It appears that the Fed will move aggressively against any attempts to start a private currency. It's blatant from the Liberty dollar advertisements that these weren't US dollars. This wasn't a counterfeiting operation. However, it was a currency that could compete with the US dollar. Is it illegal to accept foreign currencies in the US?

Not to accept them. But apparently, disgusting as it may be, the US government has made it illegal to create currency in the US.
quote:
§ 486. Uttering coins of gold, silver or other metal

Whoever, except as authorized by law, makes or utters or passes, or attempts to utter or pass, any coins of gold or silver or other metal, or alloys of metals, intended for use as current money, whether in the resemblance of coins of the United States or of foreign countries, or of original design, shall be fined under this title [1] or imprisoned not more than five years, or both.

http://www.law.cornell.edu/uscode/18/486.html

I can't see any Constitutional justification for this law, but it's the law. Still, the makers of the Liberty Dollar claim that it isn't money. That it's no different than any commemorative medallion, and that while it can be used for barter, it isn't currency within the meaning of the law.

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The Drake
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quote:
"Attempts to undermine the legitimate currency of this country are simply a unique form of domestic terrorism," U.S. Attorney Anne Tompkins said in a statement after von NotHaus was convicted.
Do they have classes to teach officials how to wedge "terrorism" into every prosecution, or does it just come naturally to them?
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TommySama
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quote:
"He's playing on a core idea of the radical right, that evil bankers in the Federal Reserve are ripping you off by controlling the money supply," said Mark Potok, spokesman for the group. "He very much exists in the world of the anti-government patriot movement, whatever he may say. That's who his customers are."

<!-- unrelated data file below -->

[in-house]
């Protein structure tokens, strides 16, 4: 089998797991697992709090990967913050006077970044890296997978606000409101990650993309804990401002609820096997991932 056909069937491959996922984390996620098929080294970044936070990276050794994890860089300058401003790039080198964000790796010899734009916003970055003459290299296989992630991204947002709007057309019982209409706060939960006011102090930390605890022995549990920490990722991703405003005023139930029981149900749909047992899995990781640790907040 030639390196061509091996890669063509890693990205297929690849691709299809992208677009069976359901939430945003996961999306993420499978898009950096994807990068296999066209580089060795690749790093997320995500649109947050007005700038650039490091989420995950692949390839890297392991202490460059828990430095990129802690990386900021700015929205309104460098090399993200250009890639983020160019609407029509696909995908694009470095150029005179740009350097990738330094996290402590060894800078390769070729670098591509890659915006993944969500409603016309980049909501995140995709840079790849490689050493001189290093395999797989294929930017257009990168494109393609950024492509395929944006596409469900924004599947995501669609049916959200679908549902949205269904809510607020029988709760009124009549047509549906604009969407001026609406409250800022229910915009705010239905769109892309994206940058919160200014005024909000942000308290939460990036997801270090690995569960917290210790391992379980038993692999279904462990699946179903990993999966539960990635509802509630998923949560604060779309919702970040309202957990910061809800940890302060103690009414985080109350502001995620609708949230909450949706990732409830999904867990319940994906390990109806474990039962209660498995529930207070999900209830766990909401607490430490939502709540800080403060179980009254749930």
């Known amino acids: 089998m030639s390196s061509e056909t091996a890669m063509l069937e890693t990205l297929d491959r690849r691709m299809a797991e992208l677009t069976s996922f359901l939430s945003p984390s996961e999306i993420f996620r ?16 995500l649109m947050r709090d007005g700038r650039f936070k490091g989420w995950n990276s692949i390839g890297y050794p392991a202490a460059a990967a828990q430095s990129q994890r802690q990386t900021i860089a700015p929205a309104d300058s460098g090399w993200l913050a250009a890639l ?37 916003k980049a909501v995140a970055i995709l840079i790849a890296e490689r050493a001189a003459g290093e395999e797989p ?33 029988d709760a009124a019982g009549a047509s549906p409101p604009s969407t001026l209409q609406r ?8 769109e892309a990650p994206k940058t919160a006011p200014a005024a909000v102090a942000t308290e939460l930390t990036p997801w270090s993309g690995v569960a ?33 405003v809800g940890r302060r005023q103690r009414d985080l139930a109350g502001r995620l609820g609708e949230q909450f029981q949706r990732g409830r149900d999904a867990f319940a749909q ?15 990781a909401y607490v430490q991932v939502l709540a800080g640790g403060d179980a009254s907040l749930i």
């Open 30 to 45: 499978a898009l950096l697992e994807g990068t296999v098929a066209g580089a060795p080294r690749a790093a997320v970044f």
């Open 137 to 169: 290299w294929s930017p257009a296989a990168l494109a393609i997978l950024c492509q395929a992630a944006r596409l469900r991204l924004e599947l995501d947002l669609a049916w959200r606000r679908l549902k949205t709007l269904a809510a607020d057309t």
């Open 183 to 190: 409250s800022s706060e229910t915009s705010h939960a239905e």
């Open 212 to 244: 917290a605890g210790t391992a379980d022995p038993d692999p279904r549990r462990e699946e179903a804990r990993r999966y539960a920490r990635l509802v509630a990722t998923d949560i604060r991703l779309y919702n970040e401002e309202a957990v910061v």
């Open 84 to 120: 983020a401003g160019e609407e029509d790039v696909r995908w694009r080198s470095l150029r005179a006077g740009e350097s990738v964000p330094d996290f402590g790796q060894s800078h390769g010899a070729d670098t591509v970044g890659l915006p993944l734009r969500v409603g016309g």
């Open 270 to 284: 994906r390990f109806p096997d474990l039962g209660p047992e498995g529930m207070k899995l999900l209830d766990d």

What is the "Patriot movement?" I know people that buy things like this, and I would not* describe them as patriotic.

[ April 04, 2011, 09:21 PM: Message edited by: TommySama ]

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TomDavidson
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By "patriot," they mean "traitor."
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edgmatt
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Some state towns print their own money already.
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TomDavidson
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*nod* Actually, several very liberal towns promote the use of all sorts of alternative tender.
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edgmatt
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I had the impression they were more along the lines of tea-party mentality, no?
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starLisa
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quote:
Originally posted by TomDavidson:
*nod* Actually, several very liberal towns promote the use of all sorts of alternative tender.

And apparently, they're all in violation of the US penal code (not that the federal government is Constitutionally authorized to have a penal code, but whatever). But laws are enforced selectively. A "very liberal town" doesn't have to worry about that law being enforced.
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edgmatt
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Well, your quote from before Lisa talked about coins and metal. Does the same thing apply with paper money?